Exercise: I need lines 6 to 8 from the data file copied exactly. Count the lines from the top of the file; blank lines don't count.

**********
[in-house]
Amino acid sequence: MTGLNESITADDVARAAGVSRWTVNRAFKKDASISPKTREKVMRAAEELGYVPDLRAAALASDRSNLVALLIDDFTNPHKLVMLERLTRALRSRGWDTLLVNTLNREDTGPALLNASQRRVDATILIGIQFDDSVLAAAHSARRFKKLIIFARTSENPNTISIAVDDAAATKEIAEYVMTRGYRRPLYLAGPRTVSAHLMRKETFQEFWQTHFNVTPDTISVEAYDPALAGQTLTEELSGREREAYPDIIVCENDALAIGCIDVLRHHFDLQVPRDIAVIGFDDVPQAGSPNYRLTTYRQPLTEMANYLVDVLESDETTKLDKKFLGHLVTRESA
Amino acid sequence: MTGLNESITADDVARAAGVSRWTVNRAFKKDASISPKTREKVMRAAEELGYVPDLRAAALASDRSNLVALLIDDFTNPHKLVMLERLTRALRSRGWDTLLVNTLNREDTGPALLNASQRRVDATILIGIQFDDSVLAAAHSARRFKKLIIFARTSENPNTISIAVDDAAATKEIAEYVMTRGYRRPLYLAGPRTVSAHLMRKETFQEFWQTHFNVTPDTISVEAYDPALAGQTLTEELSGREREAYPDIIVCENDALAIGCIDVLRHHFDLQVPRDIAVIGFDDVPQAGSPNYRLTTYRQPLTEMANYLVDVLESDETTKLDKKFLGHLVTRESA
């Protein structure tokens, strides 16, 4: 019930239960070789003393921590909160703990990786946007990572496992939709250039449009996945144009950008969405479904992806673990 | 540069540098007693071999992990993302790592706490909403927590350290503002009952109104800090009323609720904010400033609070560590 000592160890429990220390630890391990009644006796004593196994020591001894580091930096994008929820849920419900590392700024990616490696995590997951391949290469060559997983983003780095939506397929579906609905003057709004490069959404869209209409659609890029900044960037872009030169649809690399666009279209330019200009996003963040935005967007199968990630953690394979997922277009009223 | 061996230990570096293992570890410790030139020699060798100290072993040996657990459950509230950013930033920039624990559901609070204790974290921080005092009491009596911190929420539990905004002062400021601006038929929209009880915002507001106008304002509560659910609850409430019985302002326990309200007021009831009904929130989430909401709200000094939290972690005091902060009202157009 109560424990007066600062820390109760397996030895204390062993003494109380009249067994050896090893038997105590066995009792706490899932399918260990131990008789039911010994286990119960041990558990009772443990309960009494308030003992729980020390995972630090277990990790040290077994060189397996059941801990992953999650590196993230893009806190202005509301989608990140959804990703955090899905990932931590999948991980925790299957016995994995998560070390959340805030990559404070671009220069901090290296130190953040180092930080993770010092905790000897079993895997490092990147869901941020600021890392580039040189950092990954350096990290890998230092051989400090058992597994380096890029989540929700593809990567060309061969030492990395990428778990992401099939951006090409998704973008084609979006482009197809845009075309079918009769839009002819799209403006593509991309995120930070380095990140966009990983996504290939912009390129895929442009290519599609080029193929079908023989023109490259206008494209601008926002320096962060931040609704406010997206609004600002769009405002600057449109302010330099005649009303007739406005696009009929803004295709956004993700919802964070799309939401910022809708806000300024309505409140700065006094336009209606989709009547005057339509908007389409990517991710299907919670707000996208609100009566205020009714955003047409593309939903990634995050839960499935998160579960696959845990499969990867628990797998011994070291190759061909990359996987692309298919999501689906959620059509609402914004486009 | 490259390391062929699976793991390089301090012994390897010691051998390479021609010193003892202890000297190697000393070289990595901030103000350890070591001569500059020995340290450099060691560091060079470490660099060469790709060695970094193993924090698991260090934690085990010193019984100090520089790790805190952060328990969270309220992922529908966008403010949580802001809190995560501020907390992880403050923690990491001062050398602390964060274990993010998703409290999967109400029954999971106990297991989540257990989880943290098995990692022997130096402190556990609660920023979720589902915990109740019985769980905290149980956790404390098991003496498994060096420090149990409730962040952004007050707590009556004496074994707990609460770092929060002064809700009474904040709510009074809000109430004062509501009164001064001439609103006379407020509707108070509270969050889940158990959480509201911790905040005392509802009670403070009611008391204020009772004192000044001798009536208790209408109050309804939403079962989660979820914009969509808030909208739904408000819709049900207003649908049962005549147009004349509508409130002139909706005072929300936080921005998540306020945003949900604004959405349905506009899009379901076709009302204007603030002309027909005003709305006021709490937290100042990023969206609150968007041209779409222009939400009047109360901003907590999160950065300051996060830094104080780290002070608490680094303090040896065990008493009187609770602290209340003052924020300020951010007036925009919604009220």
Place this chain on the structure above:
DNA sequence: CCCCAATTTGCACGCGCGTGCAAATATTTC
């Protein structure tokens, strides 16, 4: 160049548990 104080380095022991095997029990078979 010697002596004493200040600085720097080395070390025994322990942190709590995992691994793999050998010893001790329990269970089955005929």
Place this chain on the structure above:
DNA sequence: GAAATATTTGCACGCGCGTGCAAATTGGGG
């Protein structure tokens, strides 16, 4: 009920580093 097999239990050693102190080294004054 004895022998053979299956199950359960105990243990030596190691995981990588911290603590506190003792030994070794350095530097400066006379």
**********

DNA sequence: CCCCAATTTGCACGCGCGTGCAAATATTTC
């Protein structure tokens, strides 16, 4: 160049548990 104080380095022991095997029990078979 010697002596004493200040600085720097080395070390025994322990942190709590995992691994793999050998010893001790329990269970089955005929």
Place this chain on the structure above: